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In his back page article, "Unconscious Discrimination Against Women in Science," (APS News, January 2000) Howard Georgi takes a challenging task to diagnose the root causes of "white male domination" in sciences, as evidenced by statistics, and puts forth his bold thesis of skewed selection criteria, based on "assertiveness" and "single-mindedness." It baffles me to see a respected physicist to make such leap of faith (and go further to offer "remedies") without a shred of evidence to support it.
In my career I had a chance to grade, evaluate, reference and select dozens of students, postdocs, applicants, on different levels. Rarely, if ever, did I use "assertiveness and single-mindedness" in a positive, let alone decisive way. Nor have I seen many of my colleagues use them to any extent. On the contrary, it was first and foremost (to quote Georgi) "intellectual curiosity, thoughtfulness," creativity and persistence. Yet the overall results of my (anecdotal) statistics would pretty much go along the national trends and figures, offered by Georgi.
There should be something more sinister to skew the numbers, the way they are, that Georgi dares not (or knows not) to speak. As for his "remedies," those have little bearing on two "evil criteria," but amount to nothing less than a voluntary "quota system," the way it is practiced now in the Boston city schools. To make sure to succeed, his quota system should go well beyond hiring practices, and extend to all levels of education, starting from test scores and course grades. Indeed, all those build up in a single evaluation-selection process. So the only assured way to advance any under-represented group is to institute the overall quota.
Here, however, I could cut short Georgi's optimism for the future. Never in my career have I bent or twisted the "rules of the game," based on a single list and single (blind) grading system for all (under- and over-represented) students. As long as it stays that way, Georgi's "egalitarian dream" may never come true.
Case Western Reserve University
I enjoyed reading Howard Georgi's commentary on the unconscious discrimination against women in science. The article was written with good intentions, but the focus on "assertiveness and single-mindedness" is simply off the mark, because it cannot explain why the life sciences have always had more women. Assertiveness and single-mindedness are selected for in every field of science (and business). Only a physicist would be arrogant (or naive) enough to think that physicists are any more aggressive than biologists.
I know this from experience. I did my PhD in experimental low temperature physics at Cornell University, transitioned to biology, and helped launch one of the major Genome Centers for the Human Genome Project. As a result, I have known some of the biggest names in physics and biology. I can assure you that, compared to some of the people that I have dealt with in genomics (or medical genetics), physicists are downright pansies. For that matter, when it comes to aggressiveness, none of these scientists can hold a candle to some of the pharmaceutical executives and venture capitalists that I have dealt with. I'm afraid Georgi will have to look elsewhere for answers, but I wish him well.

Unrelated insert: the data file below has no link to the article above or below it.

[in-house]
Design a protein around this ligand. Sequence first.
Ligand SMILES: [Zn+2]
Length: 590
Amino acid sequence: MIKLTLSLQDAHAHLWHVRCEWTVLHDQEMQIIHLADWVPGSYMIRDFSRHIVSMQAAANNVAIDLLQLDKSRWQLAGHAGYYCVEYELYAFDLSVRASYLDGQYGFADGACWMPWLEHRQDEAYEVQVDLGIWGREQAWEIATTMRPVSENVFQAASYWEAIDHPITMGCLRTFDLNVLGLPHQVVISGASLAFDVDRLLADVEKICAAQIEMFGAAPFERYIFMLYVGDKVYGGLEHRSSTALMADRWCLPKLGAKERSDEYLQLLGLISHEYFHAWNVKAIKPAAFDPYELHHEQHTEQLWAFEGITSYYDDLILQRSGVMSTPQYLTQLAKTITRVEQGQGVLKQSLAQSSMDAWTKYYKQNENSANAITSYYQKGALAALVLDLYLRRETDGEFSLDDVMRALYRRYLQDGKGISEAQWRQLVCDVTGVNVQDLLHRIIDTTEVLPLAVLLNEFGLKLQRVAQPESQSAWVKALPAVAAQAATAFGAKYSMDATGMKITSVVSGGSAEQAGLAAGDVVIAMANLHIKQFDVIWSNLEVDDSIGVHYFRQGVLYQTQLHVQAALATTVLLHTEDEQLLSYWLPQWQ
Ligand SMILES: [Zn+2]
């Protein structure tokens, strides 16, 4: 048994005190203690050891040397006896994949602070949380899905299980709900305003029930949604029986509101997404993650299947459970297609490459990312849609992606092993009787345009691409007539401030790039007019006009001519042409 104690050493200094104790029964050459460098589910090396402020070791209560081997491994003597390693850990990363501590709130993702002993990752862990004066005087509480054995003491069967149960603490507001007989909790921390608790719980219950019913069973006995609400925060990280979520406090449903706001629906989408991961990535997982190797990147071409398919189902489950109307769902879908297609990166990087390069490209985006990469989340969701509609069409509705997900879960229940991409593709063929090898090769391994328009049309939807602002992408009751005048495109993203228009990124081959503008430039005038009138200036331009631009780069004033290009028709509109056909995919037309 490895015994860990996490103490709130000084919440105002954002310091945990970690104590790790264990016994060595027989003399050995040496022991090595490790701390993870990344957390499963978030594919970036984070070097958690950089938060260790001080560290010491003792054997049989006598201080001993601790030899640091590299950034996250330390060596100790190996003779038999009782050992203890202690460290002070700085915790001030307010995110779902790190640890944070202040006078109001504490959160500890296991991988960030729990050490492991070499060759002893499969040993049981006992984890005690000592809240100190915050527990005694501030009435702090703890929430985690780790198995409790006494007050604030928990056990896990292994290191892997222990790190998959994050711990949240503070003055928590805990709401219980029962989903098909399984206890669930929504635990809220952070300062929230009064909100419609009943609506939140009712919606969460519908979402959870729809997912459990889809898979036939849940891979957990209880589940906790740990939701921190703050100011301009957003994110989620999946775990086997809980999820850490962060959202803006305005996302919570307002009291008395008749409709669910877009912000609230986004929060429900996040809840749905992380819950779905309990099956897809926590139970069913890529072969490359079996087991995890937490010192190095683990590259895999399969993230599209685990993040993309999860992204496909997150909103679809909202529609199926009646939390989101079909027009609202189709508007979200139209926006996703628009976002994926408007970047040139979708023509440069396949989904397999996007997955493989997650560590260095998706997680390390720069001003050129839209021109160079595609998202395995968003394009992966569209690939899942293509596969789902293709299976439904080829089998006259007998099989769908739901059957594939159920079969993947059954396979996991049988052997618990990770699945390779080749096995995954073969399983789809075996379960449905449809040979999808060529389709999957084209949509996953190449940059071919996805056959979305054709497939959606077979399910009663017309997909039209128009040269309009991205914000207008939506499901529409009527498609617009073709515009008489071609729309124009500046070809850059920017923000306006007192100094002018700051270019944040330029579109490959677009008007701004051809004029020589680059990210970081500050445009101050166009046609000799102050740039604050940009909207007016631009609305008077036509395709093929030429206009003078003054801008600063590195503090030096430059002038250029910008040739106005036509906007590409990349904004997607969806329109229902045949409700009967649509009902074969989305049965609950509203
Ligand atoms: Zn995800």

Gane Ka-Shu Wong
University of Washington
After reading Howard Georgi's article I feel that he did not understand the problem. As a woman graduate student in physics, I know that single mindedness and assertiveness do not affect women going into physics or staying in physics. It is true that most physicists are assertive and most physicists are male, but that does not mean that women are not assertive.
One obstacle that women face comes from the way that physicists solve problems. When physicists identify a problem, they pose a question by restating it. The problem is that there is a lack of women in physics, and the question that we pose is: "Why are there so few women in physics?" If your colleagues asked you three times a week every week for 10 years: "Why do you have a beard, when everyone else is clean shaven?" you would feel that you should shave. I get asked the question "Why are there so few women in physics?" routinely, and after 6 years of being asked this question, I am now starting to feel that maybe I should leave physics. We need to rephrase the question to: "How do we attract more women?"
After posing our question, we try to isolate the variables, by separating the women from the men. Most physics departments go out of their way to group all of the women together, whether it is special e-mail lists or TA office assignments. This separation of women from the men even occurs when one enters into math and science competitions (such as the Putnam exam) where the women's tests get identifying marks like red stickers. Since we know segregation causes one to have lower self-esteem, why then would we separate the women from the men in an endeavor to encourage women to stay in physics? As it stands now, the way we are approaching the problem is only causing women that are already in physics to leave. Let's re-think the problem and not make a "list of the best women .., even if they do not rate them as highly as the top men." This cheapens a woman's professorial title and accomplishments. Why do your best, when everyone is going to assume that you got the raise, tenure, or scholarship because you were on a special list? I do feel strongly that this attitude and not a lack of single-mindedness and assertiveness causes women to leave physics.
Evelyn J. Boettcher
University of Maryland
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